It's not exactly a secret that The CW isn't a network traditionally known for its serious historical dramas. And although its Mary, Queen of Scots-focused series Reign ran for three seasons, its intense love of headbands and colorful prom gown-style court dresses could hardly be called historically accurate. This isn't necessarily a bad thing—and to be fair, I watched every episode of Reign and unironically loved it—but the show is not exactly a prestige period piece. But it does mean something like Leonardo is a strange fit for the network, a relatively straightforward historical drama starring former Poldark leading man Aidan Turner.
Granted, much like Reign, Leonardo plays a bit (okay, a lot) fast and loose with the historical record, making up several notable characters and a murder mystery in the name of entertaining television. However, at its heart, that's what Leonardo is. Look: If you're tuning in, hoping for an earnest high-end drama or character study here, you will be disappointed. The framework of the series requires a particular (read: large) suspension of disbelief to work, as it seems to think its audience is more interested in the twists of the mystery it has just created from whole cloth than any profound truths about the life of man. But, the story is undoubtedly propulsive, with a plot full of poisonings, political machinations, and betrayals. Even if you may not be able to articulate precisely why you're suddenly so invested in this made-up tale, you'll still push play on the next episode.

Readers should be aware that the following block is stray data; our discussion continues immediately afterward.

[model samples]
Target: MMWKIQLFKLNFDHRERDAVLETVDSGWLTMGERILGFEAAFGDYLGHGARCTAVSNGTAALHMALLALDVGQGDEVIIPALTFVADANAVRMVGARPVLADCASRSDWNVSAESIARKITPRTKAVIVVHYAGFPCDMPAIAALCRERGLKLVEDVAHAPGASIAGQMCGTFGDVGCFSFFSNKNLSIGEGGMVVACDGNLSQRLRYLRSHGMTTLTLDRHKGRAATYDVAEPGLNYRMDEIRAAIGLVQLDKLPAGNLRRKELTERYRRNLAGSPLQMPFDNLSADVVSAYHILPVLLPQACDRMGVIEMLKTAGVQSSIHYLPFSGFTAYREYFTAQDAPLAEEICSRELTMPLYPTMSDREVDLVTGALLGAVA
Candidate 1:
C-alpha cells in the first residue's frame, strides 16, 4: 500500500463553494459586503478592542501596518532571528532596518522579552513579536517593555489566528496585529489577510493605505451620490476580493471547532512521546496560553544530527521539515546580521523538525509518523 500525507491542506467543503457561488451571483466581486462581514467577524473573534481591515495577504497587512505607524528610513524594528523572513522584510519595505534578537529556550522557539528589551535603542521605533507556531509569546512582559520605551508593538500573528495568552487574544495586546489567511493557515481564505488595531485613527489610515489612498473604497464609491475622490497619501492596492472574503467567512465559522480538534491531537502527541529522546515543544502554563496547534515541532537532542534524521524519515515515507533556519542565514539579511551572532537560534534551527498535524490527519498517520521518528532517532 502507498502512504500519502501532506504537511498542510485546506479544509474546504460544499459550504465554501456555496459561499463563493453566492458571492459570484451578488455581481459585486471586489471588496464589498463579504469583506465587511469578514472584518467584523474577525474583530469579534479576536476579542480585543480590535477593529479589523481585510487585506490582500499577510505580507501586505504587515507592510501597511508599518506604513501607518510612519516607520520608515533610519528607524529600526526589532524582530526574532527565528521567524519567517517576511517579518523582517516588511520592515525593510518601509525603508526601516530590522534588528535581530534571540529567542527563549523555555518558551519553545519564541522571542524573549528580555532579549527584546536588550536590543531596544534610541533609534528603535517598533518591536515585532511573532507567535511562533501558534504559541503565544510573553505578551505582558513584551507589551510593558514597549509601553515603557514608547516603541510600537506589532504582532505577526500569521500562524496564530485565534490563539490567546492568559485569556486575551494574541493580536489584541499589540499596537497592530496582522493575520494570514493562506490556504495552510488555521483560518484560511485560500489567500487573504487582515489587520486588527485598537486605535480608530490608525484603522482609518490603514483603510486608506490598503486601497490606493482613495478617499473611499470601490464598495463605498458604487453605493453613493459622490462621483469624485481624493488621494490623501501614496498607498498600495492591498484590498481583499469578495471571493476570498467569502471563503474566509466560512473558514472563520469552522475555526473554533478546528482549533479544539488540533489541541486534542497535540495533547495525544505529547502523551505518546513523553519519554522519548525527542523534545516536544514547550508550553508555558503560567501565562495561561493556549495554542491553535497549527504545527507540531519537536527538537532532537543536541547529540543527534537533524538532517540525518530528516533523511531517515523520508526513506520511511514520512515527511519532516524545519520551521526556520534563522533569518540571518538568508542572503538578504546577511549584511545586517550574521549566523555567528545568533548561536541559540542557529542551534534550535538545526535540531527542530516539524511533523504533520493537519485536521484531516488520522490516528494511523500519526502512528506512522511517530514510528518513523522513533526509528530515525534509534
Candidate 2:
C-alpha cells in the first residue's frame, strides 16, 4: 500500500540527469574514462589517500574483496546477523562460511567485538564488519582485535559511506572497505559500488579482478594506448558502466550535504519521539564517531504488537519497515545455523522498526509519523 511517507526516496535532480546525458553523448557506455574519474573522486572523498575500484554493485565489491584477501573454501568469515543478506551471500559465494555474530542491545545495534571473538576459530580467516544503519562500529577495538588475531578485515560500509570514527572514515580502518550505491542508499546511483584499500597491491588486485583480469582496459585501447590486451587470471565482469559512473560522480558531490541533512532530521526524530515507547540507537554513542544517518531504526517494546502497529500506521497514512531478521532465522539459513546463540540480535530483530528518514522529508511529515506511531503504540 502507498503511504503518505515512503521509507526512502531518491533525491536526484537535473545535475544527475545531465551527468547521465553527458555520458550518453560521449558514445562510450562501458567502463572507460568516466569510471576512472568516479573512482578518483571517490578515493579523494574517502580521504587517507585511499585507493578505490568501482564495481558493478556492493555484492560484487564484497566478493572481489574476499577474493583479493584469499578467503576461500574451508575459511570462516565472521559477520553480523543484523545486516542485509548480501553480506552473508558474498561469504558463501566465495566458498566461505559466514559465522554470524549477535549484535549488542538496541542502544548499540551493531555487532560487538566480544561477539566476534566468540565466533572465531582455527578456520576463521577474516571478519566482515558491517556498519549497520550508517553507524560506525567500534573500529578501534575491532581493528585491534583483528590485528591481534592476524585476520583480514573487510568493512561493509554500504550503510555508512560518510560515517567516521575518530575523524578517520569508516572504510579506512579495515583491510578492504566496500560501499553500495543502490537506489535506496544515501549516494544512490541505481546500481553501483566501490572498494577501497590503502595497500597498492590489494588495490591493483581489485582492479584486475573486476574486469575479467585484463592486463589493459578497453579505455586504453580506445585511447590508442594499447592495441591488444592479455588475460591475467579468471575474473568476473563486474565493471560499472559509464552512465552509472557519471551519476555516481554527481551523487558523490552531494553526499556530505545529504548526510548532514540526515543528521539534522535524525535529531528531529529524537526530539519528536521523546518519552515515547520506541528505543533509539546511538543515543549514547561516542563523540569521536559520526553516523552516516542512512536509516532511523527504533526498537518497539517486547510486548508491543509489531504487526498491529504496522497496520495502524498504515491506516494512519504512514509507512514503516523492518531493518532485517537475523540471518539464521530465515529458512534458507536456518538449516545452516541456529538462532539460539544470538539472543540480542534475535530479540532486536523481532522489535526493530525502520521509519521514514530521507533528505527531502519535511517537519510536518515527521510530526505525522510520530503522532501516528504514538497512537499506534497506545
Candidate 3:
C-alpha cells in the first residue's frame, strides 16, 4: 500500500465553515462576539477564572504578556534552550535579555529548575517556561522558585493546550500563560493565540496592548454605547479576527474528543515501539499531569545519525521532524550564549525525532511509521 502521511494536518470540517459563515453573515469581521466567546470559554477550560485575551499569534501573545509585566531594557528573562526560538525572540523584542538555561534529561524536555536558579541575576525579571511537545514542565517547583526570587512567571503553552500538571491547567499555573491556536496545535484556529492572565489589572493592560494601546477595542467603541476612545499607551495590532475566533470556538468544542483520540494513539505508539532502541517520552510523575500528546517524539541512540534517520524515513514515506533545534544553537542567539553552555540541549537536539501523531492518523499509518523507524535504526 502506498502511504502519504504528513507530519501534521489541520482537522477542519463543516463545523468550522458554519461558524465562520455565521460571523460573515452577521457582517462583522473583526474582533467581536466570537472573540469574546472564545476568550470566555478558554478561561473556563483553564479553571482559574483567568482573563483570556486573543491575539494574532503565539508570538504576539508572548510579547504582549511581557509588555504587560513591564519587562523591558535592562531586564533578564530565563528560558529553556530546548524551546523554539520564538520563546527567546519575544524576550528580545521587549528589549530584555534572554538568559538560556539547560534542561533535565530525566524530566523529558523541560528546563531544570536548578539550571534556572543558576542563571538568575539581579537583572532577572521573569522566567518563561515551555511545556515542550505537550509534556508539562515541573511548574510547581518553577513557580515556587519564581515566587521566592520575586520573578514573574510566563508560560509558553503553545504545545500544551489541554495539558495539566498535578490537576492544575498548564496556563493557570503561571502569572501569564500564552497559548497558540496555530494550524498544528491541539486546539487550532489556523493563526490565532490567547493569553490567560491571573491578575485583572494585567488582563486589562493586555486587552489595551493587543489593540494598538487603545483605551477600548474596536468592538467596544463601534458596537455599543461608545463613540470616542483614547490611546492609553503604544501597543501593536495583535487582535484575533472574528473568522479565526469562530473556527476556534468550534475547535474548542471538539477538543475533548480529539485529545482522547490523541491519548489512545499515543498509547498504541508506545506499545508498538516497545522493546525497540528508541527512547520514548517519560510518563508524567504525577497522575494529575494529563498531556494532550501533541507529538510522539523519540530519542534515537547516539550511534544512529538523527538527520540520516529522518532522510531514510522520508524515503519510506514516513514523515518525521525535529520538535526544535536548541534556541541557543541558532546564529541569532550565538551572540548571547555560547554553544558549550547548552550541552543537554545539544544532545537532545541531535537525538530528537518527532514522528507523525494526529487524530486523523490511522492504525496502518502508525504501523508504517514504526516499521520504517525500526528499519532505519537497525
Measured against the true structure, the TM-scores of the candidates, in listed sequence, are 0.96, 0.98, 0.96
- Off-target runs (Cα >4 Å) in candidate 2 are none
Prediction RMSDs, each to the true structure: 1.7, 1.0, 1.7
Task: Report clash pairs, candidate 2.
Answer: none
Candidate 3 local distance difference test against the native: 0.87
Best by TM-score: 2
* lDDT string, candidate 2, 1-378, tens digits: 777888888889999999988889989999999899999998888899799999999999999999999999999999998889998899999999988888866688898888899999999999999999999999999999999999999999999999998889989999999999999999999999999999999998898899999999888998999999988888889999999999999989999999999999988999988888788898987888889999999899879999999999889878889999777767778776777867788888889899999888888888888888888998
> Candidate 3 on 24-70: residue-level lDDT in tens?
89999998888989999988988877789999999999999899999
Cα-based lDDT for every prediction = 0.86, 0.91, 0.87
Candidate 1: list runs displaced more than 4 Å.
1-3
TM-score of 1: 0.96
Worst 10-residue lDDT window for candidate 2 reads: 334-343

The show introduces us to Leonardo in two different timelines: One, in which he is a fresh-faced apprentice at the very beginning of his journey to greatness, and another, set sixteen years later, where he is a brooding, grubbily bearded prisoner accused of murdering his muse and BFF Caterina de Cremona (Matilda De Angelis) and is being questioned by an officer of the Podesta known as Stefano Giraldi (Freddie Highmore). The timelines shift back and forth as multiple figures from Leonardo's life appear to be questioned by the police and occasionally make dour or downright weird pronouncements about how the genius valued art above all other things and is unstable enough to kill someone.
Leonardo was Turner's first TV role after he wrapped his five-year run on Poldark, and it's easy to see why he might be drawn to playing a character like this, who is in so many ways the antithesis of Ross's staid, surly demeanor. Turner's Leonardo is equally intense and layered but much more emotionally open, full of awe at the wonder of the world around him, fascination at the people who inhabit it, and utterly determined to achieve greatness. He successfully sells the sequences of manic inspiration and productivity that seem to drive the character, all shot through with the hunger of an outsider who is still desperately searching for the approval his father has long denied him.